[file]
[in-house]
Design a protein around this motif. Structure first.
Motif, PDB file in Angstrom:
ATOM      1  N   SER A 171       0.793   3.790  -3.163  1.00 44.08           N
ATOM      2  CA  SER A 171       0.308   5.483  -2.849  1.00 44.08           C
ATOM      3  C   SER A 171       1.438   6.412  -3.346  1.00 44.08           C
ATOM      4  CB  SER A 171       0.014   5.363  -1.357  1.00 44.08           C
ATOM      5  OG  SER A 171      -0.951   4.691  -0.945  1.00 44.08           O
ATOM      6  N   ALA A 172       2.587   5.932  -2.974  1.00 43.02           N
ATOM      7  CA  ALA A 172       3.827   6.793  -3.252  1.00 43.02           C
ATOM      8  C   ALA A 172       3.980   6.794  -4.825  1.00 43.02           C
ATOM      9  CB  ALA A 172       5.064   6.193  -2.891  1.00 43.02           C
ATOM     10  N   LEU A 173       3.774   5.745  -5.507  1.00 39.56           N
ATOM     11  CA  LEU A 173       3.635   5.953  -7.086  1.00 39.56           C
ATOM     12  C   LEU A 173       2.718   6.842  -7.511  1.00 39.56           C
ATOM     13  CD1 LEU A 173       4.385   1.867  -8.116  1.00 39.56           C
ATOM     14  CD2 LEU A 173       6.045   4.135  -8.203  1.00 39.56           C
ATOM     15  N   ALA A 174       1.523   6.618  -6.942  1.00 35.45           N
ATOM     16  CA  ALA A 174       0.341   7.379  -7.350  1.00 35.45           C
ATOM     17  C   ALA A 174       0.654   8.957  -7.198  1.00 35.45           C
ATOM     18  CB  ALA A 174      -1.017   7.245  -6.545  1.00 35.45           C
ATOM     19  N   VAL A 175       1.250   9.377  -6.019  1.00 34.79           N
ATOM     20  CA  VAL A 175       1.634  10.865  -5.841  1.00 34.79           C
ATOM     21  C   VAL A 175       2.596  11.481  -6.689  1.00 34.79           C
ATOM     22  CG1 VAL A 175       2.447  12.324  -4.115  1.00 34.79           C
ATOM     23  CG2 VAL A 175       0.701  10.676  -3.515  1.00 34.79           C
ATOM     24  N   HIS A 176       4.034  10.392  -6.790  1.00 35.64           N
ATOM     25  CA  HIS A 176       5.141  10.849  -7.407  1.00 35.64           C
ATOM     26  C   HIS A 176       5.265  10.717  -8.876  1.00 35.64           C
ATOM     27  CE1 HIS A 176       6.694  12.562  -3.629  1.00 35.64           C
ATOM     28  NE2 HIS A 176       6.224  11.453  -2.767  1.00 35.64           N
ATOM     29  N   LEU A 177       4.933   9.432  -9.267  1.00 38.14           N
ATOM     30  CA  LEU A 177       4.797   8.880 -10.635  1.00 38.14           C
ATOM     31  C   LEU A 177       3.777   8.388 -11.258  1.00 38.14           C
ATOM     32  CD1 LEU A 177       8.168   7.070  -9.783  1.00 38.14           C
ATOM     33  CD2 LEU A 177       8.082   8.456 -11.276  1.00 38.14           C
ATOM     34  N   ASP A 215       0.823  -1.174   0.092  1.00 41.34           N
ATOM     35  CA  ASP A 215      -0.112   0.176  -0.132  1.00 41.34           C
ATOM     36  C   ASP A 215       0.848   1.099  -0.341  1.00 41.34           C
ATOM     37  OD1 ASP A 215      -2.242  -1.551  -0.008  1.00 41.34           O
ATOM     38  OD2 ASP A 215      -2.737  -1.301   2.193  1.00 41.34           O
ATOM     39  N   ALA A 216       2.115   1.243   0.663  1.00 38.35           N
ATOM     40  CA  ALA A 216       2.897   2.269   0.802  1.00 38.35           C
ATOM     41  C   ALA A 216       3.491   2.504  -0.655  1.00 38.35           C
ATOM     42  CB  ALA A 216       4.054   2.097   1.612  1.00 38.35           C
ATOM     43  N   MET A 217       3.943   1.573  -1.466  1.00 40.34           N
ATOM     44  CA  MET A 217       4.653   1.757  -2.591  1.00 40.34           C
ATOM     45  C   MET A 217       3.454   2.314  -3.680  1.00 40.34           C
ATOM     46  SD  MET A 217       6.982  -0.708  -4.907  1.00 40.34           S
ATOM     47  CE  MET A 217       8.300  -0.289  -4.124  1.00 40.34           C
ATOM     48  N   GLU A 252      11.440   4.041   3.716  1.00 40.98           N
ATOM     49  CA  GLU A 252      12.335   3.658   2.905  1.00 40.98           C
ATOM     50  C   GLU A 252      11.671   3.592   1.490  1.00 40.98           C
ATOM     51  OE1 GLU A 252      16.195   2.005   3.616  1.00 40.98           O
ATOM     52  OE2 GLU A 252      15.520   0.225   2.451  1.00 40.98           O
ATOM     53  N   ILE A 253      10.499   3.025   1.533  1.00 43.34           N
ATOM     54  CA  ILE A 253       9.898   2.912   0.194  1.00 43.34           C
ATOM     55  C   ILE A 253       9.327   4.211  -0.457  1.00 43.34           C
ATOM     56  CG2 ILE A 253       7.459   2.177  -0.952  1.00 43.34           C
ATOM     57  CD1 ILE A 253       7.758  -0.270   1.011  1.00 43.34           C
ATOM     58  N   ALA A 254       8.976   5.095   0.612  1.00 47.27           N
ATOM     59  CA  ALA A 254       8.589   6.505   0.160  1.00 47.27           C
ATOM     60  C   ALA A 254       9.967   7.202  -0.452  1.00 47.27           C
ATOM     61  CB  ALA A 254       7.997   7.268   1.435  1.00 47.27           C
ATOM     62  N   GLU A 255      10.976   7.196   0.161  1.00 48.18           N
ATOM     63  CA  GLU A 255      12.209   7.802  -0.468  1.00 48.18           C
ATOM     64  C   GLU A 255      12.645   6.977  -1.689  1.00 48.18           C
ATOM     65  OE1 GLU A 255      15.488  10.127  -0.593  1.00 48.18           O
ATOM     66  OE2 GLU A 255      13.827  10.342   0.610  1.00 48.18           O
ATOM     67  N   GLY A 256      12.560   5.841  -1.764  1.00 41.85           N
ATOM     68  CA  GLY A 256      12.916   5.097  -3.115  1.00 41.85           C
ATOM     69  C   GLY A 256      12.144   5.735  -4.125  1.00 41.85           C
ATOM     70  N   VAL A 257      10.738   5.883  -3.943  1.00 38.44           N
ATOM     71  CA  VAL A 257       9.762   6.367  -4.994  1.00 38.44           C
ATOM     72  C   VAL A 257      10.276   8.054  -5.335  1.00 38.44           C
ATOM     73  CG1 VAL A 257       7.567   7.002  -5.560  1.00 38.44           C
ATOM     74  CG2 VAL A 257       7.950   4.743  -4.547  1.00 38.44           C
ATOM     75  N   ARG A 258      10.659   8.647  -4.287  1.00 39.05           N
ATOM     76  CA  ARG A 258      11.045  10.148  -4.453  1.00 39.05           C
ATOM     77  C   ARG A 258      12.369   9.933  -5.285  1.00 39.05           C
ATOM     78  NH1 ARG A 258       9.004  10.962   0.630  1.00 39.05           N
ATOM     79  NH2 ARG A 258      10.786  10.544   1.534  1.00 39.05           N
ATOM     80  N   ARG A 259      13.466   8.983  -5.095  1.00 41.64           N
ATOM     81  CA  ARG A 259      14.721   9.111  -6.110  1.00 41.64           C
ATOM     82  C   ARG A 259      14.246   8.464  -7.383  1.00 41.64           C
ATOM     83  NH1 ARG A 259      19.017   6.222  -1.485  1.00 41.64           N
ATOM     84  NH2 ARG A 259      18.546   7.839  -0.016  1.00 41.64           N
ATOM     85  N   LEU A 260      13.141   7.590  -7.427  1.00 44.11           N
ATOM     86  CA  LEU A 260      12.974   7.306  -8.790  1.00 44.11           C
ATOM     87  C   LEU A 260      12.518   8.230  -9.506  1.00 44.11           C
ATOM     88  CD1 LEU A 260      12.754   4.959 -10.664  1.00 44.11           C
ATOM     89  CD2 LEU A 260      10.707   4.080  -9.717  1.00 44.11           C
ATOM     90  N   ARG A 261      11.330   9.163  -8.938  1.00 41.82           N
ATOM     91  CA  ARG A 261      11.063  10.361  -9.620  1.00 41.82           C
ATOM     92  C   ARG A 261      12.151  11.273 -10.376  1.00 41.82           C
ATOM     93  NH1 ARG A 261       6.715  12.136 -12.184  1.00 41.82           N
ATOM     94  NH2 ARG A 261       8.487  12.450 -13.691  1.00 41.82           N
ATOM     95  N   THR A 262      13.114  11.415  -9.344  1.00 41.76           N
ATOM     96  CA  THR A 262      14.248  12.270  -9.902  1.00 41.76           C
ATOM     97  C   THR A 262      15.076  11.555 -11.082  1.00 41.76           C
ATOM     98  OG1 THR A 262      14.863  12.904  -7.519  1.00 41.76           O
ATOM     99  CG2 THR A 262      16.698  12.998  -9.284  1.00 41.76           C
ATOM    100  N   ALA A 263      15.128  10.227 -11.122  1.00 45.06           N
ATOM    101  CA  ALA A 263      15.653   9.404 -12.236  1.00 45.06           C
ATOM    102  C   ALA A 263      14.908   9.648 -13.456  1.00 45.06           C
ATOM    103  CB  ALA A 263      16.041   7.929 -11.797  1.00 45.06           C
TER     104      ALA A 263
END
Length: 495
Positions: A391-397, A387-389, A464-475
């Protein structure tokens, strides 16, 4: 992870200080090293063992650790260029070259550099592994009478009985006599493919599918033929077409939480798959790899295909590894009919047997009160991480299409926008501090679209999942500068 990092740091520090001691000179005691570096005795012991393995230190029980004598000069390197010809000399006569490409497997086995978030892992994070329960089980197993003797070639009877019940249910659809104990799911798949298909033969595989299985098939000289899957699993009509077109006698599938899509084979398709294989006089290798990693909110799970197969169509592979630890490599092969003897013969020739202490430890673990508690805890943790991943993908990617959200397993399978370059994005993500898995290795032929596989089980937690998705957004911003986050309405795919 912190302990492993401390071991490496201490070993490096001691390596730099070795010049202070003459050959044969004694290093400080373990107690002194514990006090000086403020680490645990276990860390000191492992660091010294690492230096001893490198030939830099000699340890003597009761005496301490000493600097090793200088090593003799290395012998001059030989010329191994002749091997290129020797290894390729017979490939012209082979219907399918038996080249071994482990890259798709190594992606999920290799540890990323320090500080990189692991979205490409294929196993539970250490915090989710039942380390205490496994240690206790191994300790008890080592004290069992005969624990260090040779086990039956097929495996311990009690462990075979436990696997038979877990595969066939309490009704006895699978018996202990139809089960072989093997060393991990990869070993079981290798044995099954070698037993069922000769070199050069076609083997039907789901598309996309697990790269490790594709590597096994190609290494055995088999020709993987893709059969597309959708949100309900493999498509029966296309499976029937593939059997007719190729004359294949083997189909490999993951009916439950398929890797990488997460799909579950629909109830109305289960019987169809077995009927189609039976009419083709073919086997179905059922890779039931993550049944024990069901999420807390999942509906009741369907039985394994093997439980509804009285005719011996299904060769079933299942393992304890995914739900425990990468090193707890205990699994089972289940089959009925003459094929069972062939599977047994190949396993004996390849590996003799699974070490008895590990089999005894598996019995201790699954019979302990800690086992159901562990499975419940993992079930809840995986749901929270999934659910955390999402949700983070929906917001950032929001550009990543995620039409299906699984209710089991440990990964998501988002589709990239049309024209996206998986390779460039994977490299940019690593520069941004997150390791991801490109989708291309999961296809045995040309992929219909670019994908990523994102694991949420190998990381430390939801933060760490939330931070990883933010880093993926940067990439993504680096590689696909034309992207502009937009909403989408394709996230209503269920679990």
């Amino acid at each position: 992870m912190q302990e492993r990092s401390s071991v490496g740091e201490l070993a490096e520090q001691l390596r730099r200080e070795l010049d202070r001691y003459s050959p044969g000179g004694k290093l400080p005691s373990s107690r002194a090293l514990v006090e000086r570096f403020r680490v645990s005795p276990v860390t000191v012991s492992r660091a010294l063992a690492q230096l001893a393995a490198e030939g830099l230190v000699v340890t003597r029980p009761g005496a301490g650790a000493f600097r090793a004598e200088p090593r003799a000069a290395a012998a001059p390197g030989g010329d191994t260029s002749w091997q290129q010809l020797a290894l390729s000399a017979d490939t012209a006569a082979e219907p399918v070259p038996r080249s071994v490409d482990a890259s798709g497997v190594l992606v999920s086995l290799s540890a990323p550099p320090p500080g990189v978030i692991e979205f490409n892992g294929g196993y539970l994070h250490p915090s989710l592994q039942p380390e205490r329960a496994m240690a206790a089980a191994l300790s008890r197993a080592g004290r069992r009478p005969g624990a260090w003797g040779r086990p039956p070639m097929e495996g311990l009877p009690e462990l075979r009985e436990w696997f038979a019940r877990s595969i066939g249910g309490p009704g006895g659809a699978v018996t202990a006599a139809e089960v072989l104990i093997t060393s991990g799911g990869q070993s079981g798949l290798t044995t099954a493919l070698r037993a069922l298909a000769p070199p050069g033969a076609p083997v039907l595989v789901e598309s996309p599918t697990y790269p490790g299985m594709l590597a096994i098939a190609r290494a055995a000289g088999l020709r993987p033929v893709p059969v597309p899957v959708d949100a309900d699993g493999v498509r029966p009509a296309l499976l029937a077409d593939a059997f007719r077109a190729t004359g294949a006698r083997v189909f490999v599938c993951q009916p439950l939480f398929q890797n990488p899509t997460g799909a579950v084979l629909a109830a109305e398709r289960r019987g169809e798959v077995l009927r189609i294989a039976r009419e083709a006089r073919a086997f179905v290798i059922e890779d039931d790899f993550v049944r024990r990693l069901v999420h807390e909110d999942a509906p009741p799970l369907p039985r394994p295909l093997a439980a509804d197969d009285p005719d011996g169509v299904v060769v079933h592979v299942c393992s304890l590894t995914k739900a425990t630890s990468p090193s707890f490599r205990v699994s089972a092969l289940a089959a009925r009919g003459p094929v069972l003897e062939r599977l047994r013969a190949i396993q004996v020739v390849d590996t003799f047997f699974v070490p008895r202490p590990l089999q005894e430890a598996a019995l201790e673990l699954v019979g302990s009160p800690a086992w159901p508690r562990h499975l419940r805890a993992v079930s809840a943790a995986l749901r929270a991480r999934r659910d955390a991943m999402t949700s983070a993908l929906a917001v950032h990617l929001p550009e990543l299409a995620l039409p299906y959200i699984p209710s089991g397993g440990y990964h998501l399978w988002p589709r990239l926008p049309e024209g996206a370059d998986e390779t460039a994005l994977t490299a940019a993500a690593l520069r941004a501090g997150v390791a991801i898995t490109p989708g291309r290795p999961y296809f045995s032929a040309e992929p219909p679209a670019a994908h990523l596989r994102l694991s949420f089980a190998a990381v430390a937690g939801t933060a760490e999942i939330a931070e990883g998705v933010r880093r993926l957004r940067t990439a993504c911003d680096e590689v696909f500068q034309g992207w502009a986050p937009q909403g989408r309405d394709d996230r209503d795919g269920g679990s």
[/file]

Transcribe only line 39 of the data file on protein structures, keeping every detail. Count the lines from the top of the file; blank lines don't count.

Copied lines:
ATOM     36  C   ASP A 215       0.848   1.099  -0.341  1.00 41.34           C